Ultimately, ETFs are made up of stocks. So it pays to look at what's inside and see if you are comfortable with it. As with most indices, the bulk is actually finance stocks. Like STI is 40% banks maybe 20% Real Estate stocks. Russia used to be the hottest thing in town bcos it was mostly just oil companies. Since what we want is diversification, I would suggest look for ETFs that are more balanced, or buy a few to balance it out yourself.

8. Prospectus
Lastly check out the ETF's prospectus, see if anything is amiss or if there is something bothering you? Give them a call if need be. Usually it's some salesperson that is trained to answer some standard questions but no harm trying and hope they managed to help.

I am also still learning about all these, so knowledable parties pls share what you have learnt. 2009 and 2010 would be a good time to finally put money to work and earn a decent rate of return!


  1. Hi,

    Some points on your article.

    1) My guess is that the ETF which is playing market maker, has higher spread and higher management fees (for example, the Lyxor Nifty fee is 0.85% vs 0.3% for STI ETF)

    2) I also noticed that other than the bid-ask spread, a funny thing is that the costs are actually higher than you see. For example, the STI is at 2307, so the ETF should be at 2.307, but it is sold at 2.36, looks small, but that is a 2.3% difference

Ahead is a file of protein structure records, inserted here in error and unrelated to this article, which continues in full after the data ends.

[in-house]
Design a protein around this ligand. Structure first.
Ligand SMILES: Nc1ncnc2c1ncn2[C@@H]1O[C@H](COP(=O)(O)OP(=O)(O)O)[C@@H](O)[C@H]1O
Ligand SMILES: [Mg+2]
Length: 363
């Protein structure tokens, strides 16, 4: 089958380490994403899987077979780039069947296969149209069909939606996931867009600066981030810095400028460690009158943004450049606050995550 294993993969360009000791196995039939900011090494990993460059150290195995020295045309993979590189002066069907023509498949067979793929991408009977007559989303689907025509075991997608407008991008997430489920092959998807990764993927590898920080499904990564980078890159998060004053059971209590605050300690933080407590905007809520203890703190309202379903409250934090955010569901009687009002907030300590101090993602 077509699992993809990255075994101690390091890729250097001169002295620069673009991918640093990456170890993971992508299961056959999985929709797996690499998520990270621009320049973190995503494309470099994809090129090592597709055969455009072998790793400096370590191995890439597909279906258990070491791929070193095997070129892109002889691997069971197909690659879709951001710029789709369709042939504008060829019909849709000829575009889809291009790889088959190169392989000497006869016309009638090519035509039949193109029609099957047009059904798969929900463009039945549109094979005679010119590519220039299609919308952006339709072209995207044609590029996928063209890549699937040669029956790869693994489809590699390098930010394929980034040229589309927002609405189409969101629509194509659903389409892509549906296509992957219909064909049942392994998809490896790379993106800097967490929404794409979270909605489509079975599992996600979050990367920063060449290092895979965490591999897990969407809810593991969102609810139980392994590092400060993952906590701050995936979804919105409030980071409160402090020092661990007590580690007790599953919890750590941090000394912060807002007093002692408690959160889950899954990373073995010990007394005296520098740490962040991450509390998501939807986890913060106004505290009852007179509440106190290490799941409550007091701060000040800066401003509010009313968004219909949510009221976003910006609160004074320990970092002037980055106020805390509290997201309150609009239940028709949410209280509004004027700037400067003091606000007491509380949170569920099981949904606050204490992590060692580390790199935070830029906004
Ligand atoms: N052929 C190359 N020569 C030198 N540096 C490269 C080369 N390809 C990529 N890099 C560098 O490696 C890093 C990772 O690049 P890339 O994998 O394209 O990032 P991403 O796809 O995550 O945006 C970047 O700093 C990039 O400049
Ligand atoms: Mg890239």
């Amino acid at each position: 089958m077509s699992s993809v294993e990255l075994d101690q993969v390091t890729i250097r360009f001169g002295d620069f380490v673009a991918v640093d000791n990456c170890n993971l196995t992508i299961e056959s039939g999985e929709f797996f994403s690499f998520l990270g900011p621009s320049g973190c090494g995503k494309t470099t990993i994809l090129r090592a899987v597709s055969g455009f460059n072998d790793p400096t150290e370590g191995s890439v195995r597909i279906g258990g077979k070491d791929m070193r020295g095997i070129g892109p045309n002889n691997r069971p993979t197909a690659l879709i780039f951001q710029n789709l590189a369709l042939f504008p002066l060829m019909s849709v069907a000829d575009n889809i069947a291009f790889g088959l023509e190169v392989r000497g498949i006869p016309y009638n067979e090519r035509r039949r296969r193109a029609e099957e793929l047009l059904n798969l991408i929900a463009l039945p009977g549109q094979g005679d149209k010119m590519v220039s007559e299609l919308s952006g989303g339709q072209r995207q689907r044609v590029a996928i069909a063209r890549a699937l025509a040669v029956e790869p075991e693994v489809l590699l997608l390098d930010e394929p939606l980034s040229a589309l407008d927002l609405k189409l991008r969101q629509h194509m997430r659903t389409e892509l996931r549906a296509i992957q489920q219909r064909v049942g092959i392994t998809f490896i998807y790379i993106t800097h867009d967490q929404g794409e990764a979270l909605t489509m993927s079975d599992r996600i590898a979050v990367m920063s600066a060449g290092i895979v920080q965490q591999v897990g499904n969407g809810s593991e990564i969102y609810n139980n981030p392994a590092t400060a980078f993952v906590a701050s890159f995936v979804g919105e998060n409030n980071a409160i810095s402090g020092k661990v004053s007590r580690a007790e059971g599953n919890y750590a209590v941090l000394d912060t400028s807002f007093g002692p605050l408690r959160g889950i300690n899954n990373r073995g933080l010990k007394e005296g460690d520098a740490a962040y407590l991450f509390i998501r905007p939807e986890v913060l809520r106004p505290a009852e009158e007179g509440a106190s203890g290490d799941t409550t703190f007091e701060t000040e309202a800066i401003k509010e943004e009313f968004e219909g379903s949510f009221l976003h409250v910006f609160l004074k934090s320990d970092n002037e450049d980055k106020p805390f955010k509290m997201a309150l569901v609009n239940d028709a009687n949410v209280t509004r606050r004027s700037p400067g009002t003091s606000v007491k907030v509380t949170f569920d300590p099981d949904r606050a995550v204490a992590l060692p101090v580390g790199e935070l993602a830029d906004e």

3) On your point on whether you can sell after 10 years, as long as you have a market maker, you do not have to worry as they have to give you a bid or extinguish the units and return the money. No chance of returning the money as they make a free 0.3 to 0.8% for holding your money

    Hope this helps


  2. A few further points to note:

    1. Many of the SGX listed ETFs (especially the newer ones) can invest in up to 10% in swaps. This represents a counterparty risk unlike traditional fund-based ETF

    2. The expense ratio is not the true expense of the fund. The counterparty in the swap could achieve a lower tax rate depending on the local jurisdiction and able even to reduce the expense ratio through lower tax rate. On an extreme case, the fund could even outperform the index because the index is computed based on the worst case withholding tax.

    Personally I suggest stay away from swap-based ETFs. Afterall, there are many good ETFs listed in European countries which is easily investable through Internet. But do watch out for these swap based ETFs which seem to be very popular in Europe also.

  3. Hi hi

    Thanks for the additional points. Didn't know about the swaps. Need to think about those too.

    On the STI ETF not matching the index, I think it's better to look at the NAV of the ETF instead of its listed price. Due to a lot technicality involved, I don't think it's easy to make an ETF that has the same dollar price as the index.

    Like the HSCEI and the HSI, the ETFs are $13+ and $2+ but the indices are 10,000+ and 18,000+, totally no relationship.

    But the NAV is never a prominent no. Need to look at the prospectus or the ETF website to find out, I guess.

  4. Exchange traded funds are a great financial instrument but the regulations have not kept pace with the rapidly changing types of exchange traded funds.